To complete the requirements for my science communication certificate, I’m creating and launching a podcast series!
The podcast, which I’m calling The Voices of Science, explores how grad students, faculty, and science reporters define and use science communication. Over three episodes, I cover
- one student’s dream of “science liaisons,”
- forest management through bark beetles,
- what you don’t want to do when preparing for an interview with a science reporter, and
- how to increase your relevancy as a scientist.
The podcast will be shared here and with the Northern Arizona University community on May 11(ish), 2020. Here’s a (rough) preview:
So, what is science communication? Is that like science writing?
As you’ll hear in the podcast, different scientists define science communication (or sci comm, as it’s often abbreviated) differently. To me, at its most basic level, sci comm is the translation of scientific research into a style or format that others can more readily understand. This communication can be in the form of a news article, a YouTube video, a PowerPoint presentation, a dance, taking elementary school kids outside to explore in nature, or a podcast!
So, yes: Sci comm can and is often pursued through the written word, but there is much opportunity for creativity in this growing field.
Inspiration for The Voices of Science
I’ve loved writing since before I started losing baby teeth. When I was in second grade, I submitted a poem called “Computers” to the 1998 Edition of the Anthology of Poetry by Young Americans. I’ll share the first stanza with you to give you an idea of my artistic intentions:
Slow like a river,—Sara Wilbur, Age 9
Fast like a hurricane,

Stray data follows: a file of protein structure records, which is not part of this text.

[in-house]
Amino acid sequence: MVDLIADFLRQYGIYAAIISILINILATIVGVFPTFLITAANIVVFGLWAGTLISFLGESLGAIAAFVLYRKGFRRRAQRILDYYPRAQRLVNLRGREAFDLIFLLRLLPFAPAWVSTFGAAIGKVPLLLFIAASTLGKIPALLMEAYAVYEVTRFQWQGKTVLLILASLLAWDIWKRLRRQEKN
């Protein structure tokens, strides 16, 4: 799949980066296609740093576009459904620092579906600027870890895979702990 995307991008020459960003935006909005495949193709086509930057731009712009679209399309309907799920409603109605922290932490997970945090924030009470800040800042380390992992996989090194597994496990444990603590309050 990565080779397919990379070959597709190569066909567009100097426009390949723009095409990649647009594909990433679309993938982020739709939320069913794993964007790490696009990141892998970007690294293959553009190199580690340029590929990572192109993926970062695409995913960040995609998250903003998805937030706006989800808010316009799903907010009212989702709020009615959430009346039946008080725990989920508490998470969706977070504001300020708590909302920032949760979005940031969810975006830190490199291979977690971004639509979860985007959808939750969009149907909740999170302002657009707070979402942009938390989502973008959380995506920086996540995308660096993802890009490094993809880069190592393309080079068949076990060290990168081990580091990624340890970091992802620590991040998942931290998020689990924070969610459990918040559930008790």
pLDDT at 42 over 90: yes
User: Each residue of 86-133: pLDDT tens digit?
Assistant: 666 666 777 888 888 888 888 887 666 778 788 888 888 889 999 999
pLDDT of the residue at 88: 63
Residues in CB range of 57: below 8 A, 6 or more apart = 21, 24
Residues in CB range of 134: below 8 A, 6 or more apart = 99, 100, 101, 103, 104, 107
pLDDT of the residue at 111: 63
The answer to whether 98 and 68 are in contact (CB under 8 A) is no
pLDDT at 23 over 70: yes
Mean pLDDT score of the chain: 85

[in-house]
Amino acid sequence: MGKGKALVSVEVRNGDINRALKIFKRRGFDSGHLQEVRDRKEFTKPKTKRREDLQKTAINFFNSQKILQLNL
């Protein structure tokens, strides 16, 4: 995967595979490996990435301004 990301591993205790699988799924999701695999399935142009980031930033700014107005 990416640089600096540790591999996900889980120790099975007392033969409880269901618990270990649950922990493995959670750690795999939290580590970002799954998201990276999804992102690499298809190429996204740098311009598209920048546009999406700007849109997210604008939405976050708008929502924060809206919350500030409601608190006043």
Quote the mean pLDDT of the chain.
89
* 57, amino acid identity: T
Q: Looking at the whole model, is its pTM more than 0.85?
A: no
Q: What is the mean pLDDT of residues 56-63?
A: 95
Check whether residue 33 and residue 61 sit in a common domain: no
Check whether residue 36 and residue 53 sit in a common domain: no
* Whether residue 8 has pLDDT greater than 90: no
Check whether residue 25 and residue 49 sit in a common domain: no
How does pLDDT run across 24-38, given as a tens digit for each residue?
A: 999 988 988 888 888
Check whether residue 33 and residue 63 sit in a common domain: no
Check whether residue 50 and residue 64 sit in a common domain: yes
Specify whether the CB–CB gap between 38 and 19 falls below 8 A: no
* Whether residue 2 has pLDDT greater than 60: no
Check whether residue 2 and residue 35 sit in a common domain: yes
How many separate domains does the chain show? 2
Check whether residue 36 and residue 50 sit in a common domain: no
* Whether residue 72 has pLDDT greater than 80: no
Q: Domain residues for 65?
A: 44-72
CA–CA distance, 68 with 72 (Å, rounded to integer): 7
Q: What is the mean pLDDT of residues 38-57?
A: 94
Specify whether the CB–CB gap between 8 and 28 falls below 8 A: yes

Bright like the sunshine,
Dim like the night.
Fast forward 23 years, and I’m still passionate about writing, although my similes have since evolved. Along the way, I snatched up bachelor’s and a master’s in biology, and am now focusing my scientific efforts on the communicating side.
My mentor for this podcast project, Dr. Jiun-Yi Tsai, and I were brainstorming ideas back in January. I suggested several ideas to fulfill the certificate requirements, but we both jumped on the idea of a three-part podcast where I’d interview people involved with science in some way. The goal was to understand the nuances, challenges, importance, and successes of sci comm. I hope you enjoy what I’ve come up with!
How do you learn about science?
I’m curious to know what your favorite ways to learn about scientific discoveries, facts, history, and controversies are. Leave a comment below or email me at firstname.lastname@example.org!
Here are some of my favorite platforms:
- Science News
- Science Magazine (AAAS)
- Knowable Magazine, which also has a fun new YouTube page
- Instagram accounts, like NASA and National Geographic
- Podcasts, like Ologies and RadioLab
- Good old-fashioned books, like Arctic Dreams by Barry Lopez
- (Back in the day) Bill Nye the Science Guy and The Magic School Bus (also, The Magic School Bus computer games)